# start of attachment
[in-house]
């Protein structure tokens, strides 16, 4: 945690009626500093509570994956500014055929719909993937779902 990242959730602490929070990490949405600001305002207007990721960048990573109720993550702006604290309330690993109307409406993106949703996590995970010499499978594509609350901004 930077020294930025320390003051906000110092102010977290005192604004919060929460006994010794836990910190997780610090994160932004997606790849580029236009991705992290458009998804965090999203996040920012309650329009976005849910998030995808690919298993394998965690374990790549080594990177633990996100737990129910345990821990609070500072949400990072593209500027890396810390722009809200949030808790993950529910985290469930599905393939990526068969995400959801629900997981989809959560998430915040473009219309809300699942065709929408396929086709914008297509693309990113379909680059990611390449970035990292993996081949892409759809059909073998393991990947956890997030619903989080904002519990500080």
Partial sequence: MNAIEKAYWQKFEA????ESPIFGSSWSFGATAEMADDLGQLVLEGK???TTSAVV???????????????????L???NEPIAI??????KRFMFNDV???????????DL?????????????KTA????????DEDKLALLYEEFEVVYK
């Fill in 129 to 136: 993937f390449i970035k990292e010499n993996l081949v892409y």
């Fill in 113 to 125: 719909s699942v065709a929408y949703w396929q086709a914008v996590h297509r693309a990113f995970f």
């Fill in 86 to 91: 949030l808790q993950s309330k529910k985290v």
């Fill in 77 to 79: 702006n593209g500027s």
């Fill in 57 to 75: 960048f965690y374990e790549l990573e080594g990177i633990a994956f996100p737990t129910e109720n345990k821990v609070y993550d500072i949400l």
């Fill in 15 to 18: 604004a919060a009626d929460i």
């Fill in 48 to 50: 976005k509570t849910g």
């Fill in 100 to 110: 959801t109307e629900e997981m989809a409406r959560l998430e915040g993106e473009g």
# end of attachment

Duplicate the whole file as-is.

[in-house]
């Protein structure tokens, strides 16, 4: 945690009626500093509570994956500014055929719909993937779902 990242959730602490929070990490949405600001305002207007990721960048990573109720993550702006604290309330690993109307409406993106949703996590995970010499499978594509609350901004 930077020294930025320390003051906000110092102010977290005192604004919060929460006994010794836990910190997780610090994160932004997606790849580029236009991705992290458009998804965090999203996040920012309650329009976005849910998030995808690919298993394998965690374990790549080594990177633990996100737990129910345990821990609070500072949400990072593209500027890396810390722009809200949030808790993950529910985290469930599905393939990526068969995400959801629900997981989809959560998430915040473009219309809300699942065709929408396929086709914008297509693309990113379909680059990611390449970035990292993996081949892409759809059909073998393991990947956890997030619903989080904002519990500080």
Partial sequence: MNAIEKAYWQKFEA????ESPIFGSSWSFGATAEMADDLGQLVLEGK???TTSAVV???????????????????L???NEPIAI??????KRFMFNDV???????????DL?????????????KTA????????DEDKLALLYEEFEVVYK
């Fill in 129 to 136: 993937f390449i970035k990292e010499n993996l081949v892409y």
């Fill in 113 to 125: 719909s699942v065709a929408y949703w396929q086709a914008v996590h297509r693309a990113f995970f």
């Fill in 86 to 91: 949030l808790q993950s309330k529910k985290v």
């Fill in 77 to 79: 702006n593209g500027s």
């Fill in 57 to 75: 960048f965690y374990e790549l990573e080594g990177i633990a994956f996100p737990t129910e109720n345990k821990v609070y993550d500072i949400l």
């Fill in 15 to 18: 604004a919060a009626d929460i």
């Fill in 48 to 50: 976005k509570t849910g």
């Fill in 100 to 110: 959801t109307e629900e997981m989809a409406r959560l998430e915040g993106e473009g």